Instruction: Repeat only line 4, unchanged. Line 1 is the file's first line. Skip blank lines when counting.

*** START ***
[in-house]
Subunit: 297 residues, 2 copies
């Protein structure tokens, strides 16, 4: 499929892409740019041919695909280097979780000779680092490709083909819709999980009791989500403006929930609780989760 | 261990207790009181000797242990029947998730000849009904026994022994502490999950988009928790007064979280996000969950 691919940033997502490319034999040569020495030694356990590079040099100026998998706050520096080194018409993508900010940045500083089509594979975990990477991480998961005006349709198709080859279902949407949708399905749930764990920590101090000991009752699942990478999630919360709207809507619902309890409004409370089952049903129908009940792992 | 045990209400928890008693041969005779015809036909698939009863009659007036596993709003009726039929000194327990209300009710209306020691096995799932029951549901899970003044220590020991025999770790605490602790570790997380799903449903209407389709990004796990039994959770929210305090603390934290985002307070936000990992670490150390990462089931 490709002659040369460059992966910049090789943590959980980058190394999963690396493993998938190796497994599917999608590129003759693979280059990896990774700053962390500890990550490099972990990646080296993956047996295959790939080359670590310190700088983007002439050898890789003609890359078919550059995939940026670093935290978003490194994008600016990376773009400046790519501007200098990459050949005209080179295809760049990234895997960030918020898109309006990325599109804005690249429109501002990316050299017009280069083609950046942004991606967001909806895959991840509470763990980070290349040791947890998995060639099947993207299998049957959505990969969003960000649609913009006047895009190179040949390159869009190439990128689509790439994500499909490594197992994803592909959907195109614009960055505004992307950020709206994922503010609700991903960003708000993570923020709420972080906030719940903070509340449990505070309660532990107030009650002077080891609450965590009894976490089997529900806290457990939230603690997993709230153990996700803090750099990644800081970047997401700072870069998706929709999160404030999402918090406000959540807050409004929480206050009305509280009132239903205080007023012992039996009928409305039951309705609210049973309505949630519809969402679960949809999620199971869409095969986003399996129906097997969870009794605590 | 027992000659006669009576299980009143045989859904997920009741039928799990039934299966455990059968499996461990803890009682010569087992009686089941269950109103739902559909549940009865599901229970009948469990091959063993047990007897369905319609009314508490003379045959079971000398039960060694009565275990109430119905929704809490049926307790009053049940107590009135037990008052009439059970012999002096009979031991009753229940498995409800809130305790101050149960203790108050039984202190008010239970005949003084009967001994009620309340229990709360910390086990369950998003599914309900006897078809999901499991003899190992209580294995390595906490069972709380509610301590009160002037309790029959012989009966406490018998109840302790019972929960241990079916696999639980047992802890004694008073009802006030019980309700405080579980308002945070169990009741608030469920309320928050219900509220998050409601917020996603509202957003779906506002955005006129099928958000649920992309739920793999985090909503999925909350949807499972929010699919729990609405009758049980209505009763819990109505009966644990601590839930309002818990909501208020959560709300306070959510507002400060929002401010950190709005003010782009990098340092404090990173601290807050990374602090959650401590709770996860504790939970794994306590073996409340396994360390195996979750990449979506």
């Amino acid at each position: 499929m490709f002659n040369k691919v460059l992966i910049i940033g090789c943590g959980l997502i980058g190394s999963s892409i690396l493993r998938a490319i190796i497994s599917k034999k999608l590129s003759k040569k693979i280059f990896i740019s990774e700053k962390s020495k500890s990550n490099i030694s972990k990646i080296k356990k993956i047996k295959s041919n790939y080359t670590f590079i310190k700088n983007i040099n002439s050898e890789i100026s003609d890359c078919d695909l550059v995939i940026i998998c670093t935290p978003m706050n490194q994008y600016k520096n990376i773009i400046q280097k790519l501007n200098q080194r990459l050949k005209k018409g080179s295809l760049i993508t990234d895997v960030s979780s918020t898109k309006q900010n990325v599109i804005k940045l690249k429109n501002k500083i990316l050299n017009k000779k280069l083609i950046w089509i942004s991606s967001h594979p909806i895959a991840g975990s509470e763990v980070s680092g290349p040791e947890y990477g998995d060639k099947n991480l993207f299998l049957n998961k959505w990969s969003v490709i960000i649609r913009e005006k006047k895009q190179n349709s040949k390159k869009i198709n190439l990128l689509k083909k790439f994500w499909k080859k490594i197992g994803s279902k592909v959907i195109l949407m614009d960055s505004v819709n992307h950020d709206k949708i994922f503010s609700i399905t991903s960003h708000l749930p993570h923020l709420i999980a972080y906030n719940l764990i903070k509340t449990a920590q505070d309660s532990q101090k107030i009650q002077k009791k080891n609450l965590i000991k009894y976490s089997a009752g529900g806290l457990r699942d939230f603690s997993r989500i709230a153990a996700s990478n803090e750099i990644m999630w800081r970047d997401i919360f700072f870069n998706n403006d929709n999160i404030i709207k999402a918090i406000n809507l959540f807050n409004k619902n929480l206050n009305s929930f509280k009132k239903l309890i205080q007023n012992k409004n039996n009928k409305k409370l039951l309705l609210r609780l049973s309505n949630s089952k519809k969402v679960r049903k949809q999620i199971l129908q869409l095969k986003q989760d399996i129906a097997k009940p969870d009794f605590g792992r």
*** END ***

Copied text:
């Amino acid at each position: 499929m490709f002659n040369k691919v460059l992966i910049i940033g090789c943590g959980l997502i980058g190394s999963s892409i690396l493993r998938a490319i190796i497994s599917k034999k999608l590129s003759k040569k693979i280059f990896i740019s990774e700053k962390s020495k500890s990550n490099i030694s972990k990646i080296k356990k993956i047996k295959s041919n790939y080359t670590f590079i310190k700088n983007i040099n002439s050898e890789i100026s003609d890359c078919d695909l550059v995939i940026i998998c670093t935290p978003m706050n490194q994008y600016k520096n990376i773009i400046q280097k790519l501007n200098q080194r990459l050949k005209k018409g080179s295809l760049i993508t990234d895997v960030s979780s918020t898109k309006q900010n990325v599109i804005k940045l690249k429109n501002k500083i990316l050299n017009k000779k280069l083609i950046w089509i942004s991606s967001h594979p909806i895959a991840g975990s509470e763990v980070s680092g290349p040791e947890y990477g998995d060639k099947n991480l993207f299998l049957n998961k959505w990969s969003v490709i960000i649609r913009e005006k006047k895009q190179n349709s040949k390159k869009i198709n190439l990128l689509k083909k790439f994500w499909k080859k490594i197992g994803s279902k592909v959907i195109l949407m614009d960055s505004v819709n992307h950020d709206k949708i994922f503010s609700i399905t991903s960003h708000l749930p993570h923020l709420i999980a972080y906030n719940l764990i903070k509340t449990a920590q505070d309660s532990q101090k107030i009650q002077k009791k080891n609450l965590i000991k009894y976490s089997a009752g529900g806290l457990r699942d939230f603690s997993r989500i709230a153990a996700s990478n803090e750099i990644m999630w800081r970047d997401i919360f700072f870069n998706n403006d929709n999160i404030i709207k999402a918090i406000n809507l959540f807050n409004k619902n929480l206050n009305s929930f509280k009132k239903l309890i205080q007023n012992k409004n039996n009928k409305k409370l039951l309705l609210r609780l049973s309505n949630s089952k519809k969402v679960r049903k949809q999620i199971l129908q869409l095969k986003q989760d399996i129906a097997k009940p969870d009794f605590g792992r």